Are you growing horse radish in New Jersey, but don’t know when the best time to harvest them is?
Harvesting horse radish is not as easy as it seems.
- Horse Radish have a very short window when they can be harvested and still taste great.
So if you harvest them too early they may not be ready and taste bad. And if you harvest them too late they may become infected with mold, fungus, insects, etc., and become inedible.
Today, I’m going to teach you the ideal time to harvest horse radish in New Jersey:
- To Learn More About HOW to Grow Horse Radish, Check Out This GUIDE!
When Do I Harvest Horse Radish in New Jersey?
As you may have already guessed, there are two main factors that determine when you should harvest your horse radish: the physical features of the horse radish & weather (time).
Harvest Horse Radish if They Look Like This!!!
The physical features of horse radish are what most gardeners commonly rely on to determine if they are ready to be picked off the plant or not.
In general, you should harvest horse radish if they have the following physical features:
- The entire horse radish is a solid red color. If the horse radish is a lighter shade of red, it is not ready to be harvested
- The horse radish is slightly soft. Too hard means it is not ready. Too soft means it is overripe (but still edible)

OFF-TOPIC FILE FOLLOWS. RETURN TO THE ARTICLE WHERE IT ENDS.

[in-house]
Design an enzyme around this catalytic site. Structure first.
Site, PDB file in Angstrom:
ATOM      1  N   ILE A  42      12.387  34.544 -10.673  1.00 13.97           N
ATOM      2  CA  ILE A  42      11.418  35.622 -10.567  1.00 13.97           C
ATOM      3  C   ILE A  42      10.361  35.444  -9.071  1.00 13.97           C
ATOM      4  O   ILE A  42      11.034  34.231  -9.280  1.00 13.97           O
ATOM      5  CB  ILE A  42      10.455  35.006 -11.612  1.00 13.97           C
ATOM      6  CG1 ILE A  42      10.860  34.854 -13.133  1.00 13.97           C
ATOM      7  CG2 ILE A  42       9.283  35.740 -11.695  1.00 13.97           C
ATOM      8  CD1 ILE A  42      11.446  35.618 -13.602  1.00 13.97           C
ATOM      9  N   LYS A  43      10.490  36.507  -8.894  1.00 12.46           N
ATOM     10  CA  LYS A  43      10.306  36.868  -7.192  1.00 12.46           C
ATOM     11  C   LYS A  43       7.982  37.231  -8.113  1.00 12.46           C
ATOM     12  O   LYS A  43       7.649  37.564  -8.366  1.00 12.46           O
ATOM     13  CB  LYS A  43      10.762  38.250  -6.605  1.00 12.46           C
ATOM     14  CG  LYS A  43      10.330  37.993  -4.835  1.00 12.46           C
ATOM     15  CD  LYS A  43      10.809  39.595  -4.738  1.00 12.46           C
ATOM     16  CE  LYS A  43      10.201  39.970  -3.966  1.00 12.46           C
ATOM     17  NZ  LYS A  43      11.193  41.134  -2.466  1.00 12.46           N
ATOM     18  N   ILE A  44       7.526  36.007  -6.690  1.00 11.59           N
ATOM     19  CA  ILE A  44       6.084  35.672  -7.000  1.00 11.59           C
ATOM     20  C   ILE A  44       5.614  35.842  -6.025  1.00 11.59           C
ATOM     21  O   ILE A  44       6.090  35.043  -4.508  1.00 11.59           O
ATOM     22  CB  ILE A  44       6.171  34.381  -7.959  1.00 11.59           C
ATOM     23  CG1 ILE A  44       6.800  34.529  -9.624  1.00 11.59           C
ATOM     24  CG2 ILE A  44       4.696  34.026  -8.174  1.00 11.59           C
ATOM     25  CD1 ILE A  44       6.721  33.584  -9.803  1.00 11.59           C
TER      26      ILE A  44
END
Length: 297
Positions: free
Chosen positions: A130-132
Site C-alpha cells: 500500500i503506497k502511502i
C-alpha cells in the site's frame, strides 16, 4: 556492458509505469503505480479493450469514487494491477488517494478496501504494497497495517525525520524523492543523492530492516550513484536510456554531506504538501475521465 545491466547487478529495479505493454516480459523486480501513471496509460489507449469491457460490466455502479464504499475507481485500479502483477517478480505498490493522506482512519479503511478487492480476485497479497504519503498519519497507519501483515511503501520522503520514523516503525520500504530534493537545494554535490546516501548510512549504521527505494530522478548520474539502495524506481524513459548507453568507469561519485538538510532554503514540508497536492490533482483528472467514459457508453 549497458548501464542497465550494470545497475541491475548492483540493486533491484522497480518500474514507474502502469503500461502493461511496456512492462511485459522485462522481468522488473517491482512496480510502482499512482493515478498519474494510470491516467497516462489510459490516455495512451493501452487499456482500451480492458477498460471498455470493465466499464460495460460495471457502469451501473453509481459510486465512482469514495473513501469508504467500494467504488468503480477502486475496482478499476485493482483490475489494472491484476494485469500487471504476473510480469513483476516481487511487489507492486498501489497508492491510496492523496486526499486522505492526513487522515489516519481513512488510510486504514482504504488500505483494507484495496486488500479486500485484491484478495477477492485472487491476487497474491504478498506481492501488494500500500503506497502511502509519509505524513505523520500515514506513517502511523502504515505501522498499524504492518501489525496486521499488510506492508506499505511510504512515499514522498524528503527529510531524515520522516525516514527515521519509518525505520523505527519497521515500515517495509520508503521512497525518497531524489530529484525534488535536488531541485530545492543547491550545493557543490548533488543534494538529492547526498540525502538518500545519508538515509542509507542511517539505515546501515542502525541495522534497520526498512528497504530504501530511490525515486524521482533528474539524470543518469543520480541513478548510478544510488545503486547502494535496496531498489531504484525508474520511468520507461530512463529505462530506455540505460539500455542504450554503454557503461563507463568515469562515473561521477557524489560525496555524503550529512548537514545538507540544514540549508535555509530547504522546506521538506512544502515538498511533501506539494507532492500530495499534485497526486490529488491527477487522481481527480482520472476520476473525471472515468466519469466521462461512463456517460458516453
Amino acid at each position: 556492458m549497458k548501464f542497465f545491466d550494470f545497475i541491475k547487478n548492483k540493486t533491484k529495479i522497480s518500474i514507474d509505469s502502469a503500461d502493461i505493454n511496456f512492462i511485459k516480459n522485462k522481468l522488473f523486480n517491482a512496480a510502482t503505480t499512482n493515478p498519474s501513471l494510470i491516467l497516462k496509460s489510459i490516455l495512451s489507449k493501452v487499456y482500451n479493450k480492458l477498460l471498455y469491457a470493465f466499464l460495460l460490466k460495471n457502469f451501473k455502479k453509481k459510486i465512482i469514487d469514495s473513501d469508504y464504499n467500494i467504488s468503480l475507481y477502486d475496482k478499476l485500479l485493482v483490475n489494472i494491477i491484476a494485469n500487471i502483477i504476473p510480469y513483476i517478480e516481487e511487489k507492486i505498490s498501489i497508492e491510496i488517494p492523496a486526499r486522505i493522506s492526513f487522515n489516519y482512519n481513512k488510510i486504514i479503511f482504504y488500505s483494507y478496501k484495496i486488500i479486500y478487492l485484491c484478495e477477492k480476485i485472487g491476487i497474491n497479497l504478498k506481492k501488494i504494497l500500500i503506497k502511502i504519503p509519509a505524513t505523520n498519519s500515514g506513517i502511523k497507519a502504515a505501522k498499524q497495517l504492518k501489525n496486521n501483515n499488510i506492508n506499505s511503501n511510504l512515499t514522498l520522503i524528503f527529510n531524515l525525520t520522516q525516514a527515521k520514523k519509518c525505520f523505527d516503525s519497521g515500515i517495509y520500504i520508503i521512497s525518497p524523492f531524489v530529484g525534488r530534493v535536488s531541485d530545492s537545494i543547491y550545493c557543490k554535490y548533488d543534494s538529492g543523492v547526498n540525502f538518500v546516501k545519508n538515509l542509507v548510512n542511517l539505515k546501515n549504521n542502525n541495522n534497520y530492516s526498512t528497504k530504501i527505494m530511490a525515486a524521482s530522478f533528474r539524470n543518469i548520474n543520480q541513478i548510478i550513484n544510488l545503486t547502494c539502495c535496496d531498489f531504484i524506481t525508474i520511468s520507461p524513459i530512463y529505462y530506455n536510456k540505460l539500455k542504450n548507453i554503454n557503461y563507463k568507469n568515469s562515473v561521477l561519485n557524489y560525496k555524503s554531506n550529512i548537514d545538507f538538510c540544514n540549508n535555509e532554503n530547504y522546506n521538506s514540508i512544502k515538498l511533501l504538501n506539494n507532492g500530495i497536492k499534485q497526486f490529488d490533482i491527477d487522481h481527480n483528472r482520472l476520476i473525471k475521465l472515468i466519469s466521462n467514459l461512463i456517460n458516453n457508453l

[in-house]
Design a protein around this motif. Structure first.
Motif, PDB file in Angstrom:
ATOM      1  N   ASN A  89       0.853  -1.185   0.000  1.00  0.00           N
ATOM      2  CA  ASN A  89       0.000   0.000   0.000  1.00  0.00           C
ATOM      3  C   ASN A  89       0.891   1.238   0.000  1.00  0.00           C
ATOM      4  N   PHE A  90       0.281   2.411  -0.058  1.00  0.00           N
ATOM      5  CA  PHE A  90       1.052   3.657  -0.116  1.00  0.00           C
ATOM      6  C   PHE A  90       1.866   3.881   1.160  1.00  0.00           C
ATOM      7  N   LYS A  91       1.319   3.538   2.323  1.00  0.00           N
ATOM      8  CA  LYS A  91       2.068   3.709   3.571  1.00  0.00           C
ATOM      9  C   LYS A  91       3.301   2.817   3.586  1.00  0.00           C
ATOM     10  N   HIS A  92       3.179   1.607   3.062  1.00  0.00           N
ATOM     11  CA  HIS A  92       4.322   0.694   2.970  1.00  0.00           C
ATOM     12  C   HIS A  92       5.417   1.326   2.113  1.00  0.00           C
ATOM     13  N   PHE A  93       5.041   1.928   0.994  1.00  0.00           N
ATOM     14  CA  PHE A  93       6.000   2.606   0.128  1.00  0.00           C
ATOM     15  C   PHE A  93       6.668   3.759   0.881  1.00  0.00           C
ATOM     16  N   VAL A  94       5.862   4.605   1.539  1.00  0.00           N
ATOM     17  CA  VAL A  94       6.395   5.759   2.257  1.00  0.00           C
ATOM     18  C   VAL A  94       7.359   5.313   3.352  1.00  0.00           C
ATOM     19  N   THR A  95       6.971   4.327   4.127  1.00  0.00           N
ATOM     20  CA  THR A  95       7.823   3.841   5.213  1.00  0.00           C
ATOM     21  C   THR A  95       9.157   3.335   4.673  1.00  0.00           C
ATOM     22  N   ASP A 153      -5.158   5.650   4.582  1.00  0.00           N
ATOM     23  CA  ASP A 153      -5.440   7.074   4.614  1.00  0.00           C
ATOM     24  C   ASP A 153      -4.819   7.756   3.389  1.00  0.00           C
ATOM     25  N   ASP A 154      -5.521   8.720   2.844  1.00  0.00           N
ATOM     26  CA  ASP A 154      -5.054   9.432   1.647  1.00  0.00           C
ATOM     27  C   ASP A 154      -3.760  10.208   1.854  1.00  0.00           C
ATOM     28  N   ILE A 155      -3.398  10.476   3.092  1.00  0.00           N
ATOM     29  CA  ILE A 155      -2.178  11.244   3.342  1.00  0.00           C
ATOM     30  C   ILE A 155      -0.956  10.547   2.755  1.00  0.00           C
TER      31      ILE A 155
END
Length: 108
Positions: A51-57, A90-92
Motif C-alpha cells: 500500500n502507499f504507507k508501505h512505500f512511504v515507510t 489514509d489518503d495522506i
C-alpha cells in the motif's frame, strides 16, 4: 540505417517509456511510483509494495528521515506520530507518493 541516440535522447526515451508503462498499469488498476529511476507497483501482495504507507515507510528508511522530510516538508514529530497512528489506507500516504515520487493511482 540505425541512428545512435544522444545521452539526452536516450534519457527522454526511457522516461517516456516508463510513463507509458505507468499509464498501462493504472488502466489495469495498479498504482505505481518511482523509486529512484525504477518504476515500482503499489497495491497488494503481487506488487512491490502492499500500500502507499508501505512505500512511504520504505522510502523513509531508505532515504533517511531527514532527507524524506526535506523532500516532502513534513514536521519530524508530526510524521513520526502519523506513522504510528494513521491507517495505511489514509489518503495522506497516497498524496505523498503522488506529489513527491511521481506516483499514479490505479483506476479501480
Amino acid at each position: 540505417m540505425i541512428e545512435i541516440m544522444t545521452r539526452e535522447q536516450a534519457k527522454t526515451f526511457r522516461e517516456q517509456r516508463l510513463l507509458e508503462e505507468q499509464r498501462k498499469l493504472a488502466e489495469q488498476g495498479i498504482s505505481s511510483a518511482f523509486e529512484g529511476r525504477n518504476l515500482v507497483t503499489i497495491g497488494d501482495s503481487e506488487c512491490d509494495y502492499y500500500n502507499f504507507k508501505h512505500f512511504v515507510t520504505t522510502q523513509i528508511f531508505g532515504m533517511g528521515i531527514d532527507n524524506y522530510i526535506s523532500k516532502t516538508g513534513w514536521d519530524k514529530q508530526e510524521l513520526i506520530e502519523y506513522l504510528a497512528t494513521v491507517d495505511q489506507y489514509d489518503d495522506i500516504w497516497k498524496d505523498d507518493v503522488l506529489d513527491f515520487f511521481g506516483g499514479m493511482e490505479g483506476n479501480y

- Easily able to be deattached from the the plant. This means it has absorbed all the nutrients it needs and is ready.
Harvest Your Horse Radish During THIS Time of Year!!!
In general, you should harvest horse radish:
- 65 to 85 days after starting horse radish from seed
- 40 to 50 days after planting horse radish in your garden
- 20 to 30 days after horse radish first appear
And no matter what, you should ALWAYS harvest your horse radish before the first frost of the year. Frost will immediately kill your horse radish plant and make your horse radish inedible.
For your reference, I have created this table for average frost dates for most major cities in New Jersey. If your city is not listed below you can find its Last & First Frost Dates HERE.
New Jersey Last & First Frost Dates
It should be noted that you should not overly rely on the first frost of the year. The average first frost of the year is only correct 30% of the time.
Instead, pay close attention to your local weather.
When you know a frost is coming you need to take action.
- If horse radish are in pots, bring them inside
- If horse radish are in the ground, cover them in burlap and hope they survive
- Pick all horse radish. If they are not ready, place them in a brown paper bag and store them for approximately 1 to 2 weeks to see if they become edible.
If you want to learn WHEN to harvest ANY Vegetable in New Jersey, head over to HERE and just type in the vegetable you want to grow.